Boutique fitness offers focused, specialized workouts in smaller studios — and their popularity is booming
From barre and bootcamp to strength training and spinning, exercise options seem endless. Sure, some people prefer to pump iron or pound the treadmill in big gyms, but others want something more than just a place to get fit.
Boutique fitness isn’t new. (Remember Jazzercise?) But there’s no doubt studio fitness classes are huge right now, as evidenced by the popularity of ClassPass and boutique chains such as SoulCycle and Orangetheory. The American College of Sport Medicine’s Health & Fitness Journal found group fitness was the number-two fitness trend for 2019. Also ranking in the top 10 were several popular boutique offerings, including HIIT and yoga.
Just like clothing boutiques, studios are small and specialized, typically offering just one type of exercise in a group-class setting—and that’s part of their appeal. Jamie Golden, owner/instructor at Barre3 Boston, in the South End, says, “That’s all we do: We teach Barre3. And that is not a bad thing. That means we know what we’re doing, and we work hard at it to make sure we deliver it best to as many people as we can.”
Specialization means classes are taught by well-educated, focused instructors, explains CC Martin, co-owner/master trainer of C2 BODY Pilates studio. “Going to a boutique studio, you know you’re going to get [instructors] that have a strong background in anatomy, in biomechanics,” she says. “We’re not weekend warriors, we’re not weekend-trained. Our instructors have gone through an extensive training program.”
But, just like their clothing counterparts, boutique fitness often comes with a heftier price tag. A couple of classes can cost more than a monthly gym membership. For starters, Martin says, studio-quality equipment, like Pilates reformers, isn’t cheap — and neither are experienced teachers. It can be a struggle for studios to pay highly qualified instructors fairly while keeping pricing competitive.
While pricing can be one barrier to boutique fitness, another is the assumption the classes are just for women, Martin says. She’d like to see more men in her studio. “More often than not, men come in after a friend, physician or PT, or their fiancée or wife nudges them to go,” she says. “They’re resistant to coming, and then they come, and they realize, ‘This is nothing like what I thought it would be, and this is the hardest thing I’ve ever done, and I can see how it’s going to support all of the things I love to do.’”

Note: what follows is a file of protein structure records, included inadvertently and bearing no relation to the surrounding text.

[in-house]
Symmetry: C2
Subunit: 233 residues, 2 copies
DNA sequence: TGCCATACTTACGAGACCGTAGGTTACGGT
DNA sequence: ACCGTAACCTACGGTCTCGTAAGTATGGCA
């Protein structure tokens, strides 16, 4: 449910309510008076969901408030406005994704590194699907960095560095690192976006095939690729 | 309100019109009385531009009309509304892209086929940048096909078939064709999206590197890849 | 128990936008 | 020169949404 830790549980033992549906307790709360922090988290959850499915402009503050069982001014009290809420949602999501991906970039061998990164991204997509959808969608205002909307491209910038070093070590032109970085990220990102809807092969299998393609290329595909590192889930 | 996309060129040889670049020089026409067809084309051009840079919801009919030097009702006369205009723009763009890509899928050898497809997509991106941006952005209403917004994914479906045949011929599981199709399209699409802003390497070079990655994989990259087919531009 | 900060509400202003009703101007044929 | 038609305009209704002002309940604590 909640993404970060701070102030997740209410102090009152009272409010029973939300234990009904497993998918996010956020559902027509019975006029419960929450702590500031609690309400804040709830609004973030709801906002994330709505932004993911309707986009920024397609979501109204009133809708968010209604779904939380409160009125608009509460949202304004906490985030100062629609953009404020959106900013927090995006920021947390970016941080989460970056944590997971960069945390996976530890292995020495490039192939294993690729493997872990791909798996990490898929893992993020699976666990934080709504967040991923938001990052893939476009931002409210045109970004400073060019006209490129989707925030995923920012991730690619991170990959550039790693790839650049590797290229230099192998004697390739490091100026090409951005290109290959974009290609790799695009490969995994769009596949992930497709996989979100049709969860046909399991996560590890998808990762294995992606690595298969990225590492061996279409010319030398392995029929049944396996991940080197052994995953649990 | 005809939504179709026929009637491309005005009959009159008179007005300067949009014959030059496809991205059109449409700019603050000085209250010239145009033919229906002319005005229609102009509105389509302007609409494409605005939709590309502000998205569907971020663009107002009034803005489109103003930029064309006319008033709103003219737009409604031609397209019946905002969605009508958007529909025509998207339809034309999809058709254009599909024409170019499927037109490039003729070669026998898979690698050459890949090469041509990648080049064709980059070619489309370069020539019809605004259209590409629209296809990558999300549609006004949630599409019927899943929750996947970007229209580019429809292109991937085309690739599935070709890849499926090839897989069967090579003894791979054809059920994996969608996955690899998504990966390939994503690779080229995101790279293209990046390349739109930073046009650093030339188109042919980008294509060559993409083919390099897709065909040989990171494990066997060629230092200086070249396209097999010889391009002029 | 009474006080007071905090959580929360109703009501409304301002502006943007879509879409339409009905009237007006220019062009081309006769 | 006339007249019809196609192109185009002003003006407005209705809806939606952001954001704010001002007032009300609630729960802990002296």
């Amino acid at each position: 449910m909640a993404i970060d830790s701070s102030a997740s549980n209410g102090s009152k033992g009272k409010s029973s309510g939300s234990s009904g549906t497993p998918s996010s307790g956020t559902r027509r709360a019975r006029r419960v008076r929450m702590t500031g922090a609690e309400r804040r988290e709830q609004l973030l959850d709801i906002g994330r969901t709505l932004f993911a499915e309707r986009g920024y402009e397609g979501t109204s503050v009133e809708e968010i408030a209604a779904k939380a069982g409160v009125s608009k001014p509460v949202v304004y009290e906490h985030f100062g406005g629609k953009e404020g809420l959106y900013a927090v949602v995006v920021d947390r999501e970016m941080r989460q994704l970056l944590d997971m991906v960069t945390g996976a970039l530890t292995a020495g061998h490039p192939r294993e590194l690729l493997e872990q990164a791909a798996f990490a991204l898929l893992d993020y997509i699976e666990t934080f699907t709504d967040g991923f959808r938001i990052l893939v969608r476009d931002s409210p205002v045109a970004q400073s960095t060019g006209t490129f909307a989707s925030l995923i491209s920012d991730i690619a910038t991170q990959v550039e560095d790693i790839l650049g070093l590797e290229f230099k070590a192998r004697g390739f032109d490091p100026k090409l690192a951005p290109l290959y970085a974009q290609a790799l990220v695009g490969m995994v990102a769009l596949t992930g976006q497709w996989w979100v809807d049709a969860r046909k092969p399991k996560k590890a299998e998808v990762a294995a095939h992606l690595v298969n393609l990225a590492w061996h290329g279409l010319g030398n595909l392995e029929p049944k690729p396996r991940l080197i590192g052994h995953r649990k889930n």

Beyond just workout spots, boutique studios can be places to bond and connect. Creating a strong community is central to boutique fitness, studio owners say. They strive to create spaces where clients feel comfortable and supported — and want to come back.
Heather C. White, owner of TRILLFIT in Mission Hill, struggled to find a studio that was a good fit for her, so she created her own — specifically, she says, a space for active millennials and people of color. “I was paying all this money for these memberships, and I wasn’t going back,” White recalls. “When I thought about it, I realized, oftentimes I was the only person of color in the room.”
TRILLFIT’s dance-cardio pop-up classes, followed by the opening of its studio, were instantly popular, and White knew she’d tapped into an important unmet need in the city.
Golden tries to foster community among clients outside of class by hosting wellness workshops, a book club and other events at Barre3. Her studio also provides childcare during workouts, which has helped moms — and also some dads — forge connections.
Getting a great workout and feeling a sense of camaraderie and belonging? It’s been a recipe for success for many Boston boutique studios.
“There’s been so many amazing friendships that have developed in the studio just from taking the same class and being in the neighborhood,” Martin says. “There are people who are coming seven days a week. They’re like, ‘I come here, I see my friends, I feel the energy, I feel supported, I feel seen, I feel taken care of.’”
White echoes this sentiment. “We have a core offering we feel like we’re great at, and we do those classes for a reason,” she says. “But we’ve made everything else accessible for this community so they feel, ‘I can go to TRILLFIT. This is a space for me. This is my home. I’m supported there, mind, body and soul.’”